Chris DeSimone: “I was watching the lady [Karen Stratman] who got up before, the first lady who got up at the Call to Audience, and Mr. Solomon was trying to shut her down by saying she was talking about Item #2, the bond thing. Mr. Verburg chimed in and you ate her time a little and you shut her down. Then the next guy comes in [Ben Baker] an older guy, and you guys just let him blab.
So what did the first person do to get shut down and get her time truncated and the other guy just kept on going, starting with the 1997 bonds? For the record, I thought it was pretty unfair that Solomon tried to shut her down. Verburg didn’t know what to do with her and then you let the next guy come on and he went, ‘This is how you sell the bond to Sun City.’ I think you guys were wrong on that one.”
Town Attorney Verburg: Yes. He was discussing a Sun City bond. He wasn’t discussing a particular bond for ball fields so I thought he was talking about bonds in the general sense. He wasn’t talking about Item #2 until right at the very end he snuck in a couple of sentences. Sometimes the better part of discretion is to let someone finish…I make the calls as I see them and that was my judgment.
Of note is that Baker’s very first sentence was, “I was the OV representative to the 1997 bond issue along with Ms. Pina’s husband, Raul.” What relevance could a bond issue from 20 years ago have on last week’s council meeting other than to connect it to that night’s agenda item on the Naranja Park bond discussion? I could see what his intent was in opening with that sentence. How could the mayor, council, and town attorney not see it?
Verburg claims that Baker didn’t discuss the Naranja Park bond issue until right at the very end. This is demonstrably false. All one has to do is read the transcript of Baker’s speech or watch the video (provided yesterday in Part 1. of this article) to see that Baker’s second sentence was, “If you’re looking at a bond issue, how are you going to go about getting it passed?” Since the council was going to be “looking at a bond issue” during Item #2 on the Regular Agenda that evening, it wasn’t all that difficult to connect the dots.
Mr. Baker’s intent couldn’t have been clearer at this point. He was about to give the council direction on how to sell the bond and secondary property tax to an unwitting public…and that’s exactly what he proceeded to do. Despite this, he was allowed to continue to the end of his speech (approximately another 200 words) without interruption.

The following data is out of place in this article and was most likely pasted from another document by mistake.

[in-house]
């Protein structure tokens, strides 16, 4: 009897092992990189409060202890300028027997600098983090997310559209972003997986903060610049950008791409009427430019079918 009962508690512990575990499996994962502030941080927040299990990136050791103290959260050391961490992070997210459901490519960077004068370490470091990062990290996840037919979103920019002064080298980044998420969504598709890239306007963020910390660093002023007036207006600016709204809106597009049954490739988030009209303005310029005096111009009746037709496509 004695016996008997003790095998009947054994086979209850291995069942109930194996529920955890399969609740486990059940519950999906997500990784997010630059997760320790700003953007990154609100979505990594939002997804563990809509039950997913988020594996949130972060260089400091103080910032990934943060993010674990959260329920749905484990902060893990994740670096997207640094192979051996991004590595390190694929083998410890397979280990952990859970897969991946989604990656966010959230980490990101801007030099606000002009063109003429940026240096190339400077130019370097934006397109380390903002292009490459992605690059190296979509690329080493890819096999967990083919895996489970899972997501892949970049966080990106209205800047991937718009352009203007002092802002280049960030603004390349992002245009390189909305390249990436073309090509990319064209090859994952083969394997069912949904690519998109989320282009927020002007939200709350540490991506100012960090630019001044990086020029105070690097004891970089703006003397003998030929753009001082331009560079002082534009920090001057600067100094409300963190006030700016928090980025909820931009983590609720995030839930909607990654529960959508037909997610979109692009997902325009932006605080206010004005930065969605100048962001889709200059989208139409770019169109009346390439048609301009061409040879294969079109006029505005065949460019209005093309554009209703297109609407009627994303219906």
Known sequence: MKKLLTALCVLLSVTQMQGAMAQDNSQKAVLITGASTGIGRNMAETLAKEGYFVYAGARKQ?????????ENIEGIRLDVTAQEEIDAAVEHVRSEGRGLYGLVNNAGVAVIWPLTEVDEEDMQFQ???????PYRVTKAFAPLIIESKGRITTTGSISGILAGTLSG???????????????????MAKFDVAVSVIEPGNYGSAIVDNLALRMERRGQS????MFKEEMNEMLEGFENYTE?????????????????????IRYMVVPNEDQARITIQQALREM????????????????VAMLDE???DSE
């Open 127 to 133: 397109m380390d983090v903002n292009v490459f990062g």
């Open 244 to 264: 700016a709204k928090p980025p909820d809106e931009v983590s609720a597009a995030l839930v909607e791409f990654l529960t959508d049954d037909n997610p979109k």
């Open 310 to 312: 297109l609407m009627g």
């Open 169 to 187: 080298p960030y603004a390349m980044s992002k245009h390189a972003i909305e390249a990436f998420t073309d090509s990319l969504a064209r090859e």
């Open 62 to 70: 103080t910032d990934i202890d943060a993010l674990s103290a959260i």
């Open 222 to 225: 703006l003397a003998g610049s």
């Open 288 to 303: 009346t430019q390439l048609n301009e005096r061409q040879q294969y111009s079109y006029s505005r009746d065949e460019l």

Attorney Verburg’s Argument: Over-ruled.
An Oro Valley resident who witnessed the above exchange, e-mailed Attorney Verburg to question the inconsistency in applying the rules. In Verburg’s e-mail response, he stated that Baker “talked about bonds in a very general sense and did not connect his discussion to the matter on the agenda [until] at the end of his presentation.” Verburg asserted that it was too late at that point “to advise him about appropriate protocol.”
This is not true. Mr. Baker should have been interrupted when he uttered his second sentence, “If you’re looking at a bond issue, how are you going to go about getting it passed?”
Verburg continued that Ms. Stratman, “was allowed to speak for some time…before she was stopped.” While this is true, the fact remains that Mr. Baker was allowed to present his entire speech unimpeded despite speaking on the same agenda item that Ms. Stratman was prevented from speaking on.
Verburg also stated, “There was no inconsistency, it was just that the speakers made their inappropriate comments at different times in their respective presentation” and “you can’t interrupt someone’s presentation once they have concluded it.”
Again, the record shows that Mr. Baker’s intent was clear with his opening sentence and his objective became crystal clear with his second sentence; he was there to give the council specific instructions on how to pass the Naranja Park bond (Item #2 on the Regular Agenda) that evening. His goal was apparent long before his speech was concluded. No one talks about something that happened 20 years ago unless they are going to connect it to something that’s happening NOW.
Diane Peters has lived in Oro Valley since 2003, moving here to escape the humidity of the East Coast. She’s been involved in OV politics and development issues since 2006. In 2014, she organized a citizens group, Citizen Advocates of the Oro Valley General Plan, who over a 9-month period, successfully negotiated a controversial 200-acre development project slated for the LaCholla-Naranja-Lambert-Shannon area. In her past life, she worked in medical research at various University Hospitals in New England. Her interests include reading, writing, nature photography, travel, art galleries, museums, and politics.